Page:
Trump advisor Hassett: Emerging markets fallout, not US inflation, poses 'biggest risk' to economy

  • A more severe downturn in emerging markets is the "biggest risk" to the U.S. economy, says Kevin Hassett, chairman of the White House Council of Economic Advisers.
  • Hassett says he's watching Turkey, Venezuela, Argentina and China to see if stresses "lead emerging markets to head into a direction that's more extremely south than we've seen so far."
  • "That could come back and haunt the U.S. a little bit," he warns.

A more severe downturn in emerging markets, not domestic inflation, is the "biggest risk" to the U.S. economy, a top economic advisor to President Donald Trump told CNBC on Wednesday.

"I'm very concerned about emerging markets. If you look at the indices, they're heading in a way that's a little bit troubling," said Kevin Hassett, chairman of the Council of Economic Advisers.

He said he's watching Turkey, Venezuela, Argentina and China to see if stresses "lead emerging markets to head into a direction that's more extremely south than we've seen so far."

"That could come back and haunt the U.S. a little bit," he warned in a "Squawk Box" interview. He said council economic models concur with the International Monetary Fund's decision to trim its global growth forecast to 3.7 percent for this year and next.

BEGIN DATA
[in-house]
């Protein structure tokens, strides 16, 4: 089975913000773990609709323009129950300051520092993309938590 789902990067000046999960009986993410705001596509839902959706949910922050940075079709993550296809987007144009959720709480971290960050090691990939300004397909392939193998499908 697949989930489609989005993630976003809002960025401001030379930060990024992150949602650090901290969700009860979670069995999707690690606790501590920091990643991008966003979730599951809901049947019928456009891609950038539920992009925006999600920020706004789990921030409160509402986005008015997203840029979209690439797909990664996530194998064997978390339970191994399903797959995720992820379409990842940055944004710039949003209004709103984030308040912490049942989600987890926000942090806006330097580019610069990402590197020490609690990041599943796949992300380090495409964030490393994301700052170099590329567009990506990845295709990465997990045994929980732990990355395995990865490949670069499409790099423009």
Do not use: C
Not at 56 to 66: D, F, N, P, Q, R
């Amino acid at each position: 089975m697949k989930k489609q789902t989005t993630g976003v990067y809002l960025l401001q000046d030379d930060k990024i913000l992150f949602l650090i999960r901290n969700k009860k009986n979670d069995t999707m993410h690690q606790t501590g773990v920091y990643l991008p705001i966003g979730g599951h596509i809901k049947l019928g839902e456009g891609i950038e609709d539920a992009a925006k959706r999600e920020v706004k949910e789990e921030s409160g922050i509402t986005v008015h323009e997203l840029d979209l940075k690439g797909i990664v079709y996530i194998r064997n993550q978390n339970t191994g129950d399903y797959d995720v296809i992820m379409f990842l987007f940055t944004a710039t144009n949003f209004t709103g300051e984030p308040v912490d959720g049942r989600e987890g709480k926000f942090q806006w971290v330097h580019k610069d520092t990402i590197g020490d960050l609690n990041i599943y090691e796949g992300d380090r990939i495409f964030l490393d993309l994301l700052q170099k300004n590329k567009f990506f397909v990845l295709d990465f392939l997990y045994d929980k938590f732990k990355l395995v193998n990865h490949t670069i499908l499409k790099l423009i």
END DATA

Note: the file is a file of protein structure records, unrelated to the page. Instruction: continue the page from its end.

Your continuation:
Another trouble spot for global growth is rising oil prices, he said.

The IMF on Tuesday cut its growth forecasts for the U.S. and China to 2.9 percent and 6.6 percent, respectively, this year, and 2.5 percent and 6.2 percent, respectively, in 2019.

Hassett countered by saying, "We're looking at [U.S.] GDP growth of about 3.5 percent for this year, and carrying on to something north of 3 [percent] next year. That's a little more optimistic than they are."

He did not offer an outlook on China's economy, but he said the White House is hopeful the two sides can resolve their differences on trade. "But make no mistake, President Trump is serious about it. If they don't behave a little bit better, stopping stealing our intellectual property and lower their tariffs on our products, then this could continue longer."

Hassett also told CNBC he would let the president's comments expressing displeasure with the Fed hiking interest rates stand on their own. But he did make a case, like Trump did Tuesday, that budding signs of inflation are not posing a risk to the economy.

"We at the White House really do respect the independence of the Fed," Hassett said. "The fact is, the president's respect for the independence is clear in the quality of people we sent over there."

Before joining the Trump administration, Hassett was an economist at the American Enterprise Institute. He was also formerly a senior economist at the Federal Reserve. He's also been a consultant to the Treasury and an advisor on Republican presidential campaigns, including Mitt Romney's unsuccessful White House run in 2012.